48. Okada T, Sinha S, Esposito I, Schiavon G, Lopez-Lago MA, Su W, Pratilas CA, Abele C, Hernandez JM, Ohara M, Okada M, Viale A, Heguy A, et al. The Rho GTPase Rnd1 suppresses mammary tumorigenesis and EMT by restraining Ras-MAPK signalling. Nat Cell Biol. 2015; 17:81–94.
49. Huang Y, Zhao M, Xu H, Wang K, Fu Z, Jiang Y, Yao Z. RASAL2 down-regulation in ovarian cancer promotes epithelial-mesenchymal transition and metastasis. Oncotarget. 2014; 5:6734–6745. doi:10.18632/oncotarget.2244.
50. Walczak H. TNF and ubiquitin at the crossroads of gene activation, cell death, inflammation, and cancer. Immunol Rev. 2011; 244:9–28.
51. Hsu H, Xiong J, Goeddel DV. The TNF receptor 1-associated protein TRADD signals cell death and NF-kappa B activation. Cell. 1995; 81:495–504.
52. Abruzzese RS. Proving that staff development makes the difference. Nurs Staff Dev Insid. 1992; 1:4.
53. Wajant H, Pfizenmaier K, Scheurich P. Tumor necrosis factor signaling. Cell Death Differ. 2003; 10:45–65.
54. Zhang H, Zhang R, Luo Y, D’Alessio A, Pober JS, Min W. AIP1/DAB2IP, a novel member of the Ras-GAP family, transduces TRAF2-induced ASK1-JNK activation. J Biol Chem. 2004; 279:44955–44965.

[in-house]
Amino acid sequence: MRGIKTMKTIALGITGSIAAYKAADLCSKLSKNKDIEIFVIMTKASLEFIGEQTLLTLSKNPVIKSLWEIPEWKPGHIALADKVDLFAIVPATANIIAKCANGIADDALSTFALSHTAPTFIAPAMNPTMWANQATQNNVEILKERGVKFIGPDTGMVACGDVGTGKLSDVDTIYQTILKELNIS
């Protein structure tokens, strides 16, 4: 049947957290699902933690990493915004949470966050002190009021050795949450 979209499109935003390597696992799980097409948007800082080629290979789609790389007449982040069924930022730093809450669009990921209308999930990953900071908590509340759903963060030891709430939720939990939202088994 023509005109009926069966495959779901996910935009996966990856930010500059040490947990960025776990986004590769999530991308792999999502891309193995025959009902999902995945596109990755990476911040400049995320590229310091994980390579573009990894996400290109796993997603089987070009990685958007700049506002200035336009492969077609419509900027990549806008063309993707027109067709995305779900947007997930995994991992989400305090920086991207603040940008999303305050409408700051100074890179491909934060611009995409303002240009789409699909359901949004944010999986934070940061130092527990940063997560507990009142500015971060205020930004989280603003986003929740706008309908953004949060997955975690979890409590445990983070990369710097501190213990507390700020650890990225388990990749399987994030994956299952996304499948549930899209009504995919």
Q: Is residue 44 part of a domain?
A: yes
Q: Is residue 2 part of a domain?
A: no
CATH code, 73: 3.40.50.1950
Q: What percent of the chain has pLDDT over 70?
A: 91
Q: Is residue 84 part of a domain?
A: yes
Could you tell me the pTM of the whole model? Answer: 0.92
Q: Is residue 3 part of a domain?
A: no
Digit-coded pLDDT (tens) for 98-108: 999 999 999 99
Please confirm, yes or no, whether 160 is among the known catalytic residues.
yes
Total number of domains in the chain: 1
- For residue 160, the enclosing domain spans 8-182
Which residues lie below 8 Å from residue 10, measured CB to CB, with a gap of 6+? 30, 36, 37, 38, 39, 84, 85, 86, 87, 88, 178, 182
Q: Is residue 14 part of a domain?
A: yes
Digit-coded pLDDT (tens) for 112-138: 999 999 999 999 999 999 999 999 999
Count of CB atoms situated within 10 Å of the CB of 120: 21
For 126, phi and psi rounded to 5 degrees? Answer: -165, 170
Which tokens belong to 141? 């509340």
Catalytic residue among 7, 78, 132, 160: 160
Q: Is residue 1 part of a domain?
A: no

55. Ichijo H, Nishida E, Irie K, ten Dijke P, Saitoh M, Moriguchi T, Takagi M, Matsumoto K, Miyazono K, Gotoh Y. Induction of apoptosis by ASK1, a mammalian MAPKKK that activates SAPK/JNK and p38 signaling pathways. Science. 1997; 275:90–94.
56. Saitoh M, Nishitoh H, Fujii M, Takeda K, Tobiume K, Sawada Y, Kawabata M, Miyazono K, Ichijo H. Mammalian thioredoxin is a direct inhibitor of apoptosis signal-regulating kinase (ASK) 1. EMBO J. 1998; 17:2596–2606.
57. Nishitoh H, Saitoh M, Mochida Y, Takeda K, Nakano H, Rothe M, Miyazono K, Ichijo H. ASK1 is essential for JNK/SAPK activation by TRAF2. Mol Cell. 1998; 2:389–395.
58. Chang HY, Nishitoh H, Yang X, Ichijo H, Baltimore D. Activation of apoptosis signal-regulating kinase 1 (ASK1) by the adapter protein Daxx. Science. 1998; 281:1860–1863.
59. Tibbles LA, Woodgett JR. The stress-activated protein kinase pathways. Cell Mol Life Sci. 1999; 55:1230–1254.
60. Yang DD, Kuan CY, Whitmarsh AJ, Rincon M, Zheng TS, Davis RJ, Rakic P, Flavell RA. Absence of excitotoxicity-induced apoptosis in the hippocampus of mice lacking the Jnk3 gene. Nature. 1997; 389:865–870.
61. Tournier C, Hess P, Yang DD, Xu J, Turner TK, Nimnual A, Bar-Sagi D, Jones SN, Flavell RA, Davis RJ. Requirement of JNK for stress-induced activation of the cytochrome c-mediated death pathway. Science. 2000; 288:870–874.
62. Di Minin G, Bellazzo A, Dal Ferro M, Chiaruttini G, Nuzzo S, Bicciato S, Piazza S, Rami D, Bulla R, Sommaggio R, Rosato A, Del Sal G, Collavin L. Mutant p53 reprograms TNF signaling in cancer cells through interaction with the tumor suppressor DAB2IP. Mol Cell. 2014; 56:617–629.
63. Liu P, Cheng H, Roberts TM, Zhao JJ. Targeting the phosphoinositide 3-kinase pathway in cancer. Nat Rev Drug Discov. 2009; 8:627–644.